When you do start getting names, don’t be afraid to contact the breeder directly. Have a list of questions ready and be prepared to answer some yourself. If you like them but they don’t have a litter planned, ask if they might be able to recommend someone who does.

Is Breeding Dogs Ethical?

My family has been breeding Airedales for going on four decades so it should come as no surprise when I say I strongly believe that breeding dogs can be done ethically. However, doing it right isn’t easy. Every decision about which dogs to breed and when needs to be made with knowledge and care. Temperament, health, ability, lineage, and conformation all play a part in selecting which dogs to breed—and which dogs not to breed.

To me, following ethical breeding practices means working with veterinarians who specialize in canine reproduction, following protocols for pre- and post-natal care of the mother dog, having the knowledge and skill to identify and respond to birthing complications, and understanding how to support a dog’s physical and emotional development. When the puppies arrive, there should be plans in place to care for, socialize, train, and find good placements for them. As discussed in the main article, there should also always be room for any dog that came from the kennel to come home again.

I believe an ethical breeder only breeds a litter with a goal in mind, taking into account which specific traits they are trying to preserve or eliminate and why. It should not be attempted casually or without the resources to handle any potential problems. Breeding dogs can only be done ethically if the health and wellbeing of the animals is the top priority.

What to Look for in a Breeder

So how do you tell if a breeder is doing their best to breed and raise dogs in an ethical way? Look for someone who:

  • Has a good reputation: Your first introduction to a breeder will often be through the things other people say about them. Listen closely to what people who have gotten puppies from a breeder report about the experience.
  • Conducts interviews: It is a good sign if the breeder asks you a lot of questions before agreeing to sell you a puppy. A breeder should care about where their puppies are going. It is their job to make sure you understand and are prepared for the kind of dog you are getting.
  • Welcomes visits: Look for a breeder who is happy to set up a time for you to come visit the kennel, meet the dogs, and see the puppies. If you live too far away, ask if they might be willing to give you a video tour. At the family kennel, we sometimes set up a webcam so future puppy families can watch their dogs grow up. In my experience, good breeders are excited to show off their dogs.
  • Keeps records: A good breeder will keep extensive records on their dogs—from family trees to health information. These are necessary to ensure that reasoned, informed breeding decisions are being made. While most of this information isn’t usually of much value or interest to non-breeders, a breeder should provide you with any health records related to your puppy including vaccination information and a complete health history. They should also be able to answer questions about the puppy’s parents and why they chose to breed the litter.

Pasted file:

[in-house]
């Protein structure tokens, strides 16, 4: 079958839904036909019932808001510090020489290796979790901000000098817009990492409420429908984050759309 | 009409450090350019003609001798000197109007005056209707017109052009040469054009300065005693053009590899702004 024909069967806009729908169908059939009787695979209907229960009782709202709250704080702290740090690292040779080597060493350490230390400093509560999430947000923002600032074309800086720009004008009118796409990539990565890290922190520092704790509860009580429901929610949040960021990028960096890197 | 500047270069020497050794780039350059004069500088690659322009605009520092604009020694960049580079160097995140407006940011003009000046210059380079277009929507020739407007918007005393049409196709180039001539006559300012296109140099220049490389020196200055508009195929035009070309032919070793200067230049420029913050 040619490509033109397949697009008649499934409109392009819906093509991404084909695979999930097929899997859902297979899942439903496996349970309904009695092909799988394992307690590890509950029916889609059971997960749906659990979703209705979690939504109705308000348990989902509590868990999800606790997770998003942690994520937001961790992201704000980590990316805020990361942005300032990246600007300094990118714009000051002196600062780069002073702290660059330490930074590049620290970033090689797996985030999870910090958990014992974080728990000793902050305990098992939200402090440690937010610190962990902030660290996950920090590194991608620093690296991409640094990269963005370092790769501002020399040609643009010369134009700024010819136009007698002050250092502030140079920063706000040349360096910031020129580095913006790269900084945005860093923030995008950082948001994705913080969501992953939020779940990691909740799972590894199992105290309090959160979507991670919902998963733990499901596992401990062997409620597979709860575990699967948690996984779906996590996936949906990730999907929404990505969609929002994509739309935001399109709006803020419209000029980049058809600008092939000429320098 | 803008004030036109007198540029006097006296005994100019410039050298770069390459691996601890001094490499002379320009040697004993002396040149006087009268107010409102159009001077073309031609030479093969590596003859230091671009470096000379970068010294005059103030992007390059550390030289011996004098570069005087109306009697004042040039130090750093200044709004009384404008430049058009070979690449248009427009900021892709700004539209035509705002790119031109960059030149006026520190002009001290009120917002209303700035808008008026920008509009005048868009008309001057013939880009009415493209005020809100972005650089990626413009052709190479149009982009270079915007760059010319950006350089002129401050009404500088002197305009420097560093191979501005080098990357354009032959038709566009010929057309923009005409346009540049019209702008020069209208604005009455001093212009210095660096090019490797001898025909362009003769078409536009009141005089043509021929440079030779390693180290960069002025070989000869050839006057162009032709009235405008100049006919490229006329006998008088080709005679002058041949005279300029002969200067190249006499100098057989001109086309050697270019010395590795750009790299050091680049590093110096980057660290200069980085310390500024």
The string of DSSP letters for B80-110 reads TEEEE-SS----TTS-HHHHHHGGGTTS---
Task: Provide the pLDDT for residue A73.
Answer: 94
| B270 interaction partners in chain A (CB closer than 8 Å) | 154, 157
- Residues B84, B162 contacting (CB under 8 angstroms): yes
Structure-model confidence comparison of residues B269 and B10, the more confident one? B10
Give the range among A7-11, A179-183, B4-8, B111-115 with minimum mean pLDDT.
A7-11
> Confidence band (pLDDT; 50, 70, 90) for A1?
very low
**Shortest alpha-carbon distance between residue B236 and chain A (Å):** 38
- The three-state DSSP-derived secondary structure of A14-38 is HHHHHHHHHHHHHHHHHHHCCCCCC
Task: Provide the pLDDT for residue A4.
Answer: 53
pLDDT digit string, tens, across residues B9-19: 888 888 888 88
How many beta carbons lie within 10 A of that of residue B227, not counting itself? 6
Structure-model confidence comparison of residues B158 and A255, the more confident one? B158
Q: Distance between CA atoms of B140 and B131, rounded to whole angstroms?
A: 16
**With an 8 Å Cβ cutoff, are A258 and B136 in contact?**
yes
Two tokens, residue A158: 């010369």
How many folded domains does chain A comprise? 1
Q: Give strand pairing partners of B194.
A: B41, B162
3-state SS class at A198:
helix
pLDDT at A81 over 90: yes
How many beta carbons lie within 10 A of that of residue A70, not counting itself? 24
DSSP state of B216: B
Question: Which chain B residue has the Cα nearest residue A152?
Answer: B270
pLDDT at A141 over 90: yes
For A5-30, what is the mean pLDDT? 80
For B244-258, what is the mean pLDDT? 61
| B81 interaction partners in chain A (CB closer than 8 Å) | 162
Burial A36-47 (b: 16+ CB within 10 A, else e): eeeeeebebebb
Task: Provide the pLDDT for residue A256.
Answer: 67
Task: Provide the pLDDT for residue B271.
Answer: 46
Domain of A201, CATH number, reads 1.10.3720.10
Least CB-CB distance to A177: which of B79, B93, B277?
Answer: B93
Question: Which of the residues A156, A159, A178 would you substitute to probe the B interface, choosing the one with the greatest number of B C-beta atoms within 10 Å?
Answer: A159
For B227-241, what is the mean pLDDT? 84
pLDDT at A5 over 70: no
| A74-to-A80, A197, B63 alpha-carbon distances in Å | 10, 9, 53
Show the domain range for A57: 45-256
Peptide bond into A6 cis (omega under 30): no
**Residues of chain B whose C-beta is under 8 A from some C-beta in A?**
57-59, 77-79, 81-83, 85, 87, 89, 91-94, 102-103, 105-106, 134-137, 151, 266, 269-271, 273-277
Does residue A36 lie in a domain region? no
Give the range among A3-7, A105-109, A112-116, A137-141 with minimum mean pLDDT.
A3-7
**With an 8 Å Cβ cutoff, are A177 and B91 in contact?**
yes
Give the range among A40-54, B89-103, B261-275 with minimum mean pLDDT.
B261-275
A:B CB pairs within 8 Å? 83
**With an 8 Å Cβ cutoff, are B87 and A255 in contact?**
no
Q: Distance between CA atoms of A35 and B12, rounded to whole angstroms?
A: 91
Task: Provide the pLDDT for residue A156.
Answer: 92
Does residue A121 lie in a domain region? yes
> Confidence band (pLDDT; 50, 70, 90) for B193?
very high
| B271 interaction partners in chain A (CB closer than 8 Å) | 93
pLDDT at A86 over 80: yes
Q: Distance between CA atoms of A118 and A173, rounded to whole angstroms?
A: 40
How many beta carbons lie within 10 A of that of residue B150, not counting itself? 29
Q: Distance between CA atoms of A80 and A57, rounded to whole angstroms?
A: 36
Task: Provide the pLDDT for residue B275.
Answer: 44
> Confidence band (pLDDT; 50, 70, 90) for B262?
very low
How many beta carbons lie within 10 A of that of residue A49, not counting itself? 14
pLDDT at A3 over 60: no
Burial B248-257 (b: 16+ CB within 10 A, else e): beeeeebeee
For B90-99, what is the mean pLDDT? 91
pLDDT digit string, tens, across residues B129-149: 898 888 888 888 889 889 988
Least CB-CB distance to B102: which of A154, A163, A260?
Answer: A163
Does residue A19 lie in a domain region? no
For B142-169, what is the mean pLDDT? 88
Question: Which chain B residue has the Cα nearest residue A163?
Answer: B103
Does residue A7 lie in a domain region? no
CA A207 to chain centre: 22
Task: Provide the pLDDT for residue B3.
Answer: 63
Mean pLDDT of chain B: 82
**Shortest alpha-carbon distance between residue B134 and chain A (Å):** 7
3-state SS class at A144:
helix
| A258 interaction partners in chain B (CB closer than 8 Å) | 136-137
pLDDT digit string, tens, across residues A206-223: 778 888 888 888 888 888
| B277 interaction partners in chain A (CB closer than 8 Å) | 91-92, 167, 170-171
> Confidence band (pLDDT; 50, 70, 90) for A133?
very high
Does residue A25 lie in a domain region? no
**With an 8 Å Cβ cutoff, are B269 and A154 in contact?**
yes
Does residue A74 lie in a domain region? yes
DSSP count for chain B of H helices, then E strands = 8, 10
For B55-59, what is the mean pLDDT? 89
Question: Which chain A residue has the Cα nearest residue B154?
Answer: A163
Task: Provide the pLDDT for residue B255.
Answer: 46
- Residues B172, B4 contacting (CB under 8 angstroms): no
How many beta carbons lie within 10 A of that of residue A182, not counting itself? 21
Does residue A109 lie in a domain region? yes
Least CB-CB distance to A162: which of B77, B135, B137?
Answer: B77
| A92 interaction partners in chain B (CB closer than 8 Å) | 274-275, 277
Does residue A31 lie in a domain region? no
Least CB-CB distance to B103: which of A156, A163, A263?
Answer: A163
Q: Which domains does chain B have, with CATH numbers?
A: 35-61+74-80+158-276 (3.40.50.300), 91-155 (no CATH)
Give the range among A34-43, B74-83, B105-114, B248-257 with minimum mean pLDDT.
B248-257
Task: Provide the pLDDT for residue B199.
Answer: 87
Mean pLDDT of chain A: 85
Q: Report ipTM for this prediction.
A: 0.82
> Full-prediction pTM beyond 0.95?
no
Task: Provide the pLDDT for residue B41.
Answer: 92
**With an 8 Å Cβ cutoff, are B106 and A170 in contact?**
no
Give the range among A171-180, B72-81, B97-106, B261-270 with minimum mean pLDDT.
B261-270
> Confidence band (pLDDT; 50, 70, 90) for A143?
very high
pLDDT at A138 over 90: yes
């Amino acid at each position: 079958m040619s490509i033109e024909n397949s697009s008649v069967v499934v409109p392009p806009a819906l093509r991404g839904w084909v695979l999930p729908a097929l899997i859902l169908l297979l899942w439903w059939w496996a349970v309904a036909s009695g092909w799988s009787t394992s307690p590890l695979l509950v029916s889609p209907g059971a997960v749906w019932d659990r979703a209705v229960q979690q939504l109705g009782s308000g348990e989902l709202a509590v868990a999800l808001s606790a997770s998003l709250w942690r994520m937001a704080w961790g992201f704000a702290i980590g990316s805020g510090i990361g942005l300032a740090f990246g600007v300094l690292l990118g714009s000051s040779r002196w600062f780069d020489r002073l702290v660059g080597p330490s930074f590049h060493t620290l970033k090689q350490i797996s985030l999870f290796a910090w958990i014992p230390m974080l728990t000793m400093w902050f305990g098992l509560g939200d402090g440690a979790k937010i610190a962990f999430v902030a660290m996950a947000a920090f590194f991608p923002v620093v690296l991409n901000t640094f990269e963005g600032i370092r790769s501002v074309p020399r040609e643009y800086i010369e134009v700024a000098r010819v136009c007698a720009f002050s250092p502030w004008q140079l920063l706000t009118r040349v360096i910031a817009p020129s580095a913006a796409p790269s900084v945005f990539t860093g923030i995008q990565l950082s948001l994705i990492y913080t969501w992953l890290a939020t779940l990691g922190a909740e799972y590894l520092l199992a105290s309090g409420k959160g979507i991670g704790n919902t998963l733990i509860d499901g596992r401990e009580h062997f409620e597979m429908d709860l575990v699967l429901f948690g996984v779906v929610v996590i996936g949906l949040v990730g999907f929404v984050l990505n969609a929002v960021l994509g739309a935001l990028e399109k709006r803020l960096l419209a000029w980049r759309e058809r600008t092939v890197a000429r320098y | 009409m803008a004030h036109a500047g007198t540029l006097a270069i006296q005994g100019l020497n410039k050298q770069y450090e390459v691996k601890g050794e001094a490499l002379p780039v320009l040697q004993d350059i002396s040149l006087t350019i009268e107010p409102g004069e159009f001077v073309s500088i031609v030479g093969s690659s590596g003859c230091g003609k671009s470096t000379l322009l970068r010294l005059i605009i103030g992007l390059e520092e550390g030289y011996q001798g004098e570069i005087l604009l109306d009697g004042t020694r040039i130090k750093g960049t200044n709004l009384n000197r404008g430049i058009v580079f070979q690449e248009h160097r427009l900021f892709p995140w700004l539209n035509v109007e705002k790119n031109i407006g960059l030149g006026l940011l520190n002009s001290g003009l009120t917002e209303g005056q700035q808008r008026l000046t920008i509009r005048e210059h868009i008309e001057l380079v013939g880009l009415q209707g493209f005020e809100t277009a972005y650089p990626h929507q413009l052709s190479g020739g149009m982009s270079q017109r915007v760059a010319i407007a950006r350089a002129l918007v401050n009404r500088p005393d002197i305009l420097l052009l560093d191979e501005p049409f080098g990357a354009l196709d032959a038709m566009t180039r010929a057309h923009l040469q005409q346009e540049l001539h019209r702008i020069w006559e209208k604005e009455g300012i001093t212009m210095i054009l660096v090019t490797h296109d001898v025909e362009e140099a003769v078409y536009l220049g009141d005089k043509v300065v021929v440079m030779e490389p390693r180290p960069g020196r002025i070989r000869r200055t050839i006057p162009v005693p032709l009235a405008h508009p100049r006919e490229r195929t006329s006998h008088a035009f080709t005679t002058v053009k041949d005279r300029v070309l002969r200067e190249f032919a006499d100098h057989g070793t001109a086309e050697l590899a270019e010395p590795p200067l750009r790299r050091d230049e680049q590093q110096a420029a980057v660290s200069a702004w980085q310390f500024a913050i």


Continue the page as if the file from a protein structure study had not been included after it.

• Willing to discuss common temperament and health issues: Even the best, most ethical breeders can’t produce perfect temperaments and health every time. A good breeder recognizes that and will talk with potential puppy families about issues common to the breed and what to do about any problems that arise. Avoid any breeder who tells you they have never bred a dog with a difficult personality quirk or have never had a dog that suffered from health issues. They either haven’t been breeding dogs very long or they are not being honest with you.
  • Has a plan for problems: Along the same lines, look for a breeder who has a plan for what they would like to have happen if any health issues develop or if the puppy ends up not being a good fit for the family. A good breeder will ask that you tell them about any problems your puppy might develop so that they can better understand any genetic components and help ensure the best life possible for the dog. Make sure you understand and agree with their approach.
  • Plans for the lifetime of the dog: As I recently discussed at length in an article on what to do when your dog is in heat, I believe that a breeder is responsible for any dog born on their watch for the life of that dog. A good breeder will talk to you about what they would like to have happen if the time ever comes when you can’t keep the dog. Most will ask that you bring the dog back to them or, if you’ve found a new home for the dog, that you let them know where the dog will be going.

While finding the right place to buy a dog can be time-consuming, it is worth the effort. Beyond just selling you a puppy, a good breeder can be a source of support and knowledge for your dog’s entire life. And you won’t have to go home wondering about the wellbeing of the rest of the dogs living there.